With that solid cast and high-caliber creative pedigree, the icing on the HANNIBAL cake is the presence of HARD CANDY and 30 DAYS OF NIGHT director David Slade, who directed the pilot as well as subsequent episodes and stayed on to maintain stylistic continuity (he’ll helm the season finale as well). Slade’s mark is most evident in just how dark and downbeat the show is, evidenced by a nightmarish score and sound design that is the most visceral and affecting on TV since Angelo Badalementi’s ambient work for TWIN PEAKS. FANGORIA was on set, and had the chance to briefly chat with Slade.
FANGORIA: Most of the world thinks of Anthony Hopkins as the face of Hannibal Lecter. Even Brian Cox in MANHUNTER has his fans. What do you think Mikkelsen adds to the Lecter legacy?
DAVID SLADE: A terrifying subtlety. And as the episodes go on, you will see this progress. He’s an astonishingly subtle performer with an incredibly keen sense of timing and what he has to do; he has a kind of mission in his acting. I can’t spoil it, but there is a moment in the third episode when the scene just becomes terrifying for reasons it shouldn’t, and that’s all Mads. He can be charming, and then turn on a dime slowly and scare the shit out of you. No one can do what Mads does, and I firmly believe he’ll end up being the definitive face of Hannibal Lecter.
FANGORIA: We know how much music and sound plays a part in your work. How much of the immersive audioscape in HANNIBAL is your doing?
DAVID SLADE I met with composer Brian Reitzel when I was doing 30 DAYS OF NIGHT. That movie was very similar in its tone in that there were no melodies, no big stings. It was psychological composing, and that’s what this is too. When I brought him in for this, we wanted to have pulses, and for you to hear the neurons pop. Brian took violin bows and scraped them against skulls, mixed in with electronic instruments. It’s not traditional scoring—he doesn’t do that—but what he’s done for HANNIBAL is fantastic. A lot of work went into this music, and it’s a very subjective sound.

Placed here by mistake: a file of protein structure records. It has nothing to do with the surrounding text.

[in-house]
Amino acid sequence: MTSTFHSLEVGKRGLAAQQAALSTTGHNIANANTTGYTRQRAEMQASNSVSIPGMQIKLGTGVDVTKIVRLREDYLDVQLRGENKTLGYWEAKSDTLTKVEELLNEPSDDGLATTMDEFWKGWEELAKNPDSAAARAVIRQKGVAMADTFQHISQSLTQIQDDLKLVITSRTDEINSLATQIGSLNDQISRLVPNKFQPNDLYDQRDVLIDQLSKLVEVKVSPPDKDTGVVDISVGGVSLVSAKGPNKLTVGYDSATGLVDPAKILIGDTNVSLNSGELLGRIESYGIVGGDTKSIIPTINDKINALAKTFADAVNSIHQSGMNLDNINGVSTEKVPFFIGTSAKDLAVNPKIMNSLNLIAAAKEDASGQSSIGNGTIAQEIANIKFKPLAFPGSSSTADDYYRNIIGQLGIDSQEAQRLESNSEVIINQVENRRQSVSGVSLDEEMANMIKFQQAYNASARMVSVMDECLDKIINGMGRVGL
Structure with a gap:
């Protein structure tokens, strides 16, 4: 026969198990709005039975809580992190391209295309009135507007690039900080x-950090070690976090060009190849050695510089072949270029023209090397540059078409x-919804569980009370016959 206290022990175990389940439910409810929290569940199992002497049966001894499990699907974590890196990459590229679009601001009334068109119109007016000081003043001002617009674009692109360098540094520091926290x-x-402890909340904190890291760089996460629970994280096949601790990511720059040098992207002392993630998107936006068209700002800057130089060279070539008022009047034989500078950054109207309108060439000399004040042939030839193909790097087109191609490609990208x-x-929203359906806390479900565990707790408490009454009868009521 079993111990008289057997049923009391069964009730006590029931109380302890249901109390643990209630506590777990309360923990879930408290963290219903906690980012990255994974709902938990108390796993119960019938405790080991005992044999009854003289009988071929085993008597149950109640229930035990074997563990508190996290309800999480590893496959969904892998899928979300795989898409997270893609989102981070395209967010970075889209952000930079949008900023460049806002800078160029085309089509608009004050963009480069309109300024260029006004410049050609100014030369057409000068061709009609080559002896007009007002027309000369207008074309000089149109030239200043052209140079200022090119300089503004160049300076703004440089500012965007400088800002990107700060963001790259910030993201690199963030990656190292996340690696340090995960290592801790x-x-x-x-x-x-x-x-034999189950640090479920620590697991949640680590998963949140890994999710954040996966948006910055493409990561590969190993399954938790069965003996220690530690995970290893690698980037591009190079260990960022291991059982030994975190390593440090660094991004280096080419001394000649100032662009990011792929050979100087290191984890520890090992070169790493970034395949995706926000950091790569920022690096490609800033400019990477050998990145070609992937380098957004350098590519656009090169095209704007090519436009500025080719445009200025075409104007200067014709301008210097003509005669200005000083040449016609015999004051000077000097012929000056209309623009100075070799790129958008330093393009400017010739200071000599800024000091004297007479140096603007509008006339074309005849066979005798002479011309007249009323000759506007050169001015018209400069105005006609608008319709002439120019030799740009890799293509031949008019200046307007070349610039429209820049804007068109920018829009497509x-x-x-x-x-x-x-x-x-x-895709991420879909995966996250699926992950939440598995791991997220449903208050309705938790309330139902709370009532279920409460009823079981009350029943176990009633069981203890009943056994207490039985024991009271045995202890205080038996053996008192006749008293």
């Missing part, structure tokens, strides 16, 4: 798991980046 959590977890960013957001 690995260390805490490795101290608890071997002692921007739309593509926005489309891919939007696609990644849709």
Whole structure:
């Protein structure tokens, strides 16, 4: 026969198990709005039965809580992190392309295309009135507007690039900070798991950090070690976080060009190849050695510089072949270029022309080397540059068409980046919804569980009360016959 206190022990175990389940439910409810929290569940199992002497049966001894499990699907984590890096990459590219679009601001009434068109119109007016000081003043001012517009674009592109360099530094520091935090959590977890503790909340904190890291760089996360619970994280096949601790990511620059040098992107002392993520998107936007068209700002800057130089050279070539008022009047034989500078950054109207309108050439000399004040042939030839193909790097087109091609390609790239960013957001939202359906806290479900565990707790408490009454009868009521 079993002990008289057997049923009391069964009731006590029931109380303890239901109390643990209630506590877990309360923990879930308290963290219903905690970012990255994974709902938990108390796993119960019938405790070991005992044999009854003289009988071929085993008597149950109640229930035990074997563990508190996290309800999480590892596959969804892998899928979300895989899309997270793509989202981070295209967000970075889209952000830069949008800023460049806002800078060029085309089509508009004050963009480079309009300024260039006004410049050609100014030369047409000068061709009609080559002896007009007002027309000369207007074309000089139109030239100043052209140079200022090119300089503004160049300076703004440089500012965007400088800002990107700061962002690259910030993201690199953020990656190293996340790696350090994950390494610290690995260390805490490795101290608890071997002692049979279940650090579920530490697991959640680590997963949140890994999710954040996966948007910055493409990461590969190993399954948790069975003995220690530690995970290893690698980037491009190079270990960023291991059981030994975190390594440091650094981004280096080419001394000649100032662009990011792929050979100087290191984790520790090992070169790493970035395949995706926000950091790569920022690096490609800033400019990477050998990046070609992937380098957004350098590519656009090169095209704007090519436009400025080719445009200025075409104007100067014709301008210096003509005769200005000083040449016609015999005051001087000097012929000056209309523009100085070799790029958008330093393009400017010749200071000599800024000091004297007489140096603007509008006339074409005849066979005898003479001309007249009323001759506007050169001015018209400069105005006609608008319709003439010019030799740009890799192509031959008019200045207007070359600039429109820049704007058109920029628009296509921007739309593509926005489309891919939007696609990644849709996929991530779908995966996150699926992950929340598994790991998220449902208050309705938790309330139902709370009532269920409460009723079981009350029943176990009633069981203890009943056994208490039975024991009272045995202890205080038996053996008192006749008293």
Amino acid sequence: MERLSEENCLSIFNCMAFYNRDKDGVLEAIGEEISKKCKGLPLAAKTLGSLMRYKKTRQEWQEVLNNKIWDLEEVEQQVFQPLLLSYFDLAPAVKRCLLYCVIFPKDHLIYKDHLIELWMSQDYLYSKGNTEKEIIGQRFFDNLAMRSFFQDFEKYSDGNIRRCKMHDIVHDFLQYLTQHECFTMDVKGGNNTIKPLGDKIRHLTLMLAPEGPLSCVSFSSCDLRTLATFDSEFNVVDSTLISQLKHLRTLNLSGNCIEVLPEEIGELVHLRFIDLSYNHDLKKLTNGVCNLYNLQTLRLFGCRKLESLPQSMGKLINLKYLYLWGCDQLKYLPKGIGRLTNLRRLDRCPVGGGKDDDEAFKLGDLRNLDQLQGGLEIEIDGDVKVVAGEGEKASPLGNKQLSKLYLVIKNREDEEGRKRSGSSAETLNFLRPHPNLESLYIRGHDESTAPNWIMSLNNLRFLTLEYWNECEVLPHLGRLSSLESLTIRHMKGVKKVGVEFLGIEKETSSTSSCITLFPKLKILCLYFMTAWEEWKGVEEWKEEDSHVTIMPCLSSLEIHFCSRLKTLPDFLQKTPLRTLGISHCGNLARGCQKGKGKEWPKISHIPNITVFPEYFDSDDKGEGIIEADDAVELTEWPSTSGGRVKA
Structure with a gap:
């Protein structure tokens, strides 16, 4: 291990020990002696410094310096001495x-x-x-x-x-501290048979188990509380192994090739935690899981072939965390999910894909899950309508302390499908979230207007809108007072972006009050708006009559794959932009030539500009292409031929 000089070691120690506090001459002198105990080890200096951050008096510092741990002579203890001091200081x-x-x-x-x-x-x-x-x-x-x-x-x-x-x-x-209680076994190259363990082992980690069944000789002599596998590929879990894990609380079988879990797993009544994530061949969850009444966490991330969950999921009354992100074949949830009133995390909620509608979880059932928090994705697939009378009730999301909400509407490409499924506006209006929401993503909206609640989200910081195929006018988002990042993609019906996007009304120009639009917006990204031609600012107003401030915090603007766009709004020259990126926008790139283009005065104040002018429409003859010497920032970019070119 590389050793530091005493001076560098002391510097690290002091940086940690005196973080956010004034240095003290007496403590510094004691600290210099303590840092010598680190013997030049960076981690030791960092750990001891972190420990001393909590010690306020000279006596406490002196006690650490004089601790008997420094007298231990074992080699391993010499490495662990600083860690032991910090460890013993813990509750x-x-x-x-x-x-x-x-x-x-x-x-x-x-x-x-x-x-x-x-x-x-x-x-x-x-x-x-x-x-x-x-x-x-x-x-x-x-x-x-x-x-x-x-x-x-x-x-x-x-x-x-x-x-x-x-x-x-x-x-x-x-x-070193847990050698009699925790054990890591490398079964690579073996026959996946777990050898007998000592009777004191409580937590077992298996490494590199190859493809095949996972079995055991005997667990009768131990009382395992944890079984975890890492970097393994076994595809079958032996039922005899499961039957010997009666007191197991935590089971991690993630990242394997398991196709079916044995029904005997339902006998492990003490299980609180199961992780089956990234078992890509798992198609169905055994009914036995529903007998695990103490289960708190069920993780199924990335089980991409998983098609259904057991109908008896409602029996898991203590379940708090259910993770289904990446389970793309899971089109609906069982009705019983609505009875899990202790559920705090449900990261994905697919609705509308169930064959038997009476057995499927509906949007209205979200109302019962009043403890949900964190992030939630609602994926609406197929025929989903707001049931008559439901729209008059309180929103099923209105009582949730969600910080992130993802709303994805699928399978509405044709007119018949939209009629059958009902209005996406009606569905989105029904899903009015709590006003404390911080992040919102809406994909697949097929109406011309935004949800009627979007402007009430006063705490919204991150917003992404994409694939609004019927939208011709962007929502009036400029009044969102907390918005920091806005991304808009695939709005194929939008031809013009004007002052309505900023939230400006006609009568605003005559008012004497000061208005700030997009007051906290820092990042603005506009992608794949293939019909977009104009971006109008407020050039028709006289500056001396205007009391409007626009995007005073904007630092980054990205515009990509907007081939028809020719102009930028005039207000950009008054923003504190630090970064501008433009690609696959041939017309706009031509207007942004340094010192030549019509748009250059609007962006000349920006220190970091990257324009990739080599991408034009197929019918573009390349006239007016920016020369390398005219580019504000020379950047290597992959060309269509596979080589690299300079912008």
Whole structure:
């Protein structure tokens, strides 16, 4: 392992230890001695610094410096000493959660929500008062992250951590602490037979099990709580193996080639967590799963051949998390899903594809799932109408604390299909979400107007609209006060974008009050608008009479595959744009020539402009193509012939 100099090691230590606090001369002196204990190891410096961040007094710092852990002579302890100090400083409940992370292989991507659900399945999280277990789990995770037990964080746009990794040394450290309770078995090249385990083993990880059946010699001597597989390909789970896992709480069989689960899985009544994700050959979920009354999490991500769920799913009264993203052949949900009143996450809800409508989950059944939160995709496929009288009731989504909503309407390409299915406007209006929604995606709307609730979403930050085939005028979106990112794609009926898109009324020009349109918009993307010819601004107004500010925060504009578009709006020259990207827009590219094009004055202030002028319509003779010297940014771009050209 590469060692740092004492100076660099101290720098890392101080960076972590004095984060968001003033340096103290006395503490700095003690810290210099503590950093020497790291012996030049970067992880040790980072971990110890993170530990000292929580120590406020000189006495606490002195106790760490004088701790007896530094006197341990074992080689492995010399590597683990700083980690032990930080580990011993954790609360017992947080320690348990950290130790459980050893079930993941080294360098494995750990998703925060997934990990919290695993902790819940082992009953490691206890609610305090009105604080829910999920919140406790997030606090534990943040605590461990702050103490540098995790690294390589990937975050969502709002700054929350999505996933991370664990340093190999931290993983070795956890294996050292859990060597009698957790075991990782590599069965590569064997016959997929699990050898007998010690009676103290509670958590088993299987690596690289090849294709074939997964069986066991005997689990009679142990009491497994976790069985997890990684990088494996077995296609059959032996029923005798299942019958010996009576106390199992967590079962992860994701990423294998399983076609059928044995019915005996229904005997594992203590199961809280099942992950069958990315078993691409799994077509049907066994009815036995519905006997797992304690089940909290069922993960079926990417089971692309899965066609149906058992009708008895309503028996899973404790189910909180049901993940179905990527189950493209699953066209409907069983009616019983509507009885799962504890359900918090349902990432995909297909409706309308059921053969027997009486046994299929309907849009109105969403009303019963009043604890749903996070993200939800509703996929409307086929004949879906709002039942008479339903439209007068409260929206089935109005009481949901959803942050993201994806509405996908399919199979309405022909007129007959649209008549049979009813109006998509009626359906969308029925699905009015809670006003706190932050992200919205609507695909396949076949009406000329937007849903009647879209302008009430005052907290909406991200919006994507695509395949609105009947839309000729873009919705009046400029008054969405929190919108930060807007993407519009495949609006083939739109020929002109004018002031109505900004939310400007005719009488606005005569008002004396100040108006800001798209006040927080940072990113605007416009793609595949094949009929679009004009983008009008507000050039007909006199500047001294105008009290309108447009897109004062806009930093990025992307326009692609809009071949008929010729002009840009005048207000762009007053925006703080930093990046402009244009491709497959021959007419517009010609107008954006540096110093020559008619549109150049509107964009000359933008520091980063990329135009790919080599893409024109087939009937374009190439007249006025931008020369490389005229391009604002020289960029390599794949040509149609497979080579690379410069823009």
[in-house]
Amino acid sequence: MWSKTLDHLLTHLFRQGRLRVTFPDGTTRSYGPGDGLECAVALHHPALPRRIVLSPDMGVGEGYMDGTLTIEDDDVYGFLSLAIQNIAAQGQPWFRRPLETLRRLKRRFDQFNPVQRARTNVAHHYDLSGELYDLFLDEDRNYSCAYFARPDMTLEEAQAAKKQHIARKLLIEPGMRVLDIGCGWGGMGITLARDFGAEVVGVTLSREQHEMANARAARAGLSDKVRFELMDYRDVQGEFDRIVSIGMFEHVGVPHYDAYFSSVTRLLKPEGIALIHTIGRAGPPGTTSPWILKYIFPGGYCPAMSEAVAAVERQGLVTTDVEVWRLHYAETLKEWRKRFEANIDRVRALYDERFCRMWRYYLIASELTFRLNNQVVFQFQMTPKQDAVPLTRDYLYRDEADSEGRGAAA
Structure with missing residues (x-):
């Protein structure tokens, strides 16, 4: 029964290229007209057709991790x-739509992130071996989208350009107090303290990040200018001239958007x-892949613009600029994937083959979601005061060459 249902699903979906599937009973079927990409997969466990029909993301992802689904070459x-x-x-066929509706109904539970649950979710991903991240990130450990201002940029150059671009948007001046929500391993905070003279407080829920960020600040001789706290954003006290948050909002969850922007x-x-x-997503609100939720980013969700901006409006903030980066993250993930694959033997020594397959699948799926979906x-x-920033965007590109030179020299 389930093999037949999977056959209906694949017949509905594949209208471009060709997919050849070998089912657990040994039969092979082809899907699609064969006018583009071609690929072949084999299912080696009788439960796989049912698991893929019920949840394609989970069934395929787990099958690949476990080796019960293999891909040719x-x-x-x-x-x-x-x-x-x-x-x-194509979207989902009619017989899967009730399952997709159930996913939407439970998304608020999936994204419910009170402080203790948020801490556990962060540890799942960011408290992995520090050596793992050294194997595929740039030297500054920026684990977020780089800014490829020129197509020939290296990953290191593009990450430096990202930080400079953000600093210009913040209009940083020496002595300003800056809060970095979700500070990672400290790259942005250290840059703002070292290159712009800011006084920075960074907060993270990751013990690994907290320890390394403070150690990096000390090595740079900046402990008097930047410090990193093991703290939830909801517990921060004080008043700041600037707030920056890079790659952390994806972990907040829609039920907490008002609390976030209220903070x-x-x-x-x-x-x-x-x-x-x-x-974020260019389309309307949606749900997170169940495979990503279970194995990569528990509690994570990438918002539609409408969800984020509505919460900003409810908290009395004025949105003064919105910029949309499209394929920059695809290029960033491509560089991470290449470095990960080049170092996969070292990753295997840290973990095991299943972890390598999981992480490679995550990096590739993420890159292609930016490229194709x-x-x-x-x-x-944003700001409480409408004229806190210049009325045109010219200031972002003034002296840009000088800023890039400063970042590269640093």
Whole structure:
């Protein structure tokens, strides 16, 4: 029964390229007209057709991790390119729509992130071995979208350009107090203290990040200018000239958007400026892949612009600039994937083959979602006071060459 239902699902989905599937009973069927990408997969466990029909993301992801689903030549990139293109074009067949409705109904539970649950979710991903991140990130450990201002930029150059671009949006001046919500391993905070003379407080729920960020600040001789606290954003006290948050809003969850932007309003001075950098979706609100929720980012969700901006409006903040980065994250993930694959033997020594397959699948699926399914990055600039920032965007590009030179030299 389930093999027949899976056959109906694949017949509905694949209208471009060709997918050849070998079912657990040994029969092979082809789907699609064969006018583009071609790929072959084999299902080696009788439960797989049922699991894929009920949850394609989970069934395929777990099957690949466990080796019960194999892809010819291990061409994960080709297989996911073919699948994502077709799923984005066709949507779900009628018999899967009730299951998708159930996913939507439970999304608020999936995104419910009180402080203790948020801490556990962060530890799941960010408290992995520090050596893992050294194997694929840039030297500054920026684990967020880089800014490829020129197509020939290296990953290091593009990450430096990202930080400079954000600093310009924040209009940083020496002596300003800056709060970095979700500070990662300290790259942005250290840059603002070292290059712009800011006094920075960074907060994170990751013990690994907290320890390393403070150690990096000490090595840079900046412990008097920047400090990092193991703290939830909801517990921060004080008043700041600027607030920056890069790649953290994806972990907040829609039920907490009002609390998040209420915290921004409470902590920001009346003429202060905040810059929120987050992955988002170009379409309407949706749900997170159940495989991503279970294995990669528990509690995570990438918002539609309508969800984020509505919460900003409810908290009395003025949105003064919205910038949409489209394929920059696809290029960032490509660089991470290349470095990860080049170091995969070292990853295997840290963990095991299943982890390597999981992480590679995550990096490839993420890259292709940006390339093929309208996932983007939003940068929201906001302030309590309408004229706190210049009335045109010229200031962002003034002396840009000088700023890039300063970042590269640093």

FANGORIA: HANNIBAL is an incredibly dark show, and it’s very unusual for music and sound to be such a character on a network TV show.
DAVID SLADE You’re right; it is a character here. It’s very different from what’s happening on network television. We’re pretending it’s not television, in fact. It becomes tricky when you’re editing, of course, but this is why I’m on it all the time. It’s why I stayed with the show. See, the usual process with a TV pilot is that the producers hire a director, he works on the show, they kick him out and he gets a royalty check, maybe an executive-producer credit. Hell, most directors want this; they want to get in and get out. But here, I stayed on. They embraced my ideas and we created a look, and they’ve kept me on to maintain it.
Pick up a copy of FANGORIA #323, on sale next month, for an exclusive sit-down with Mikkelsen as well as some exclusive bloody photos.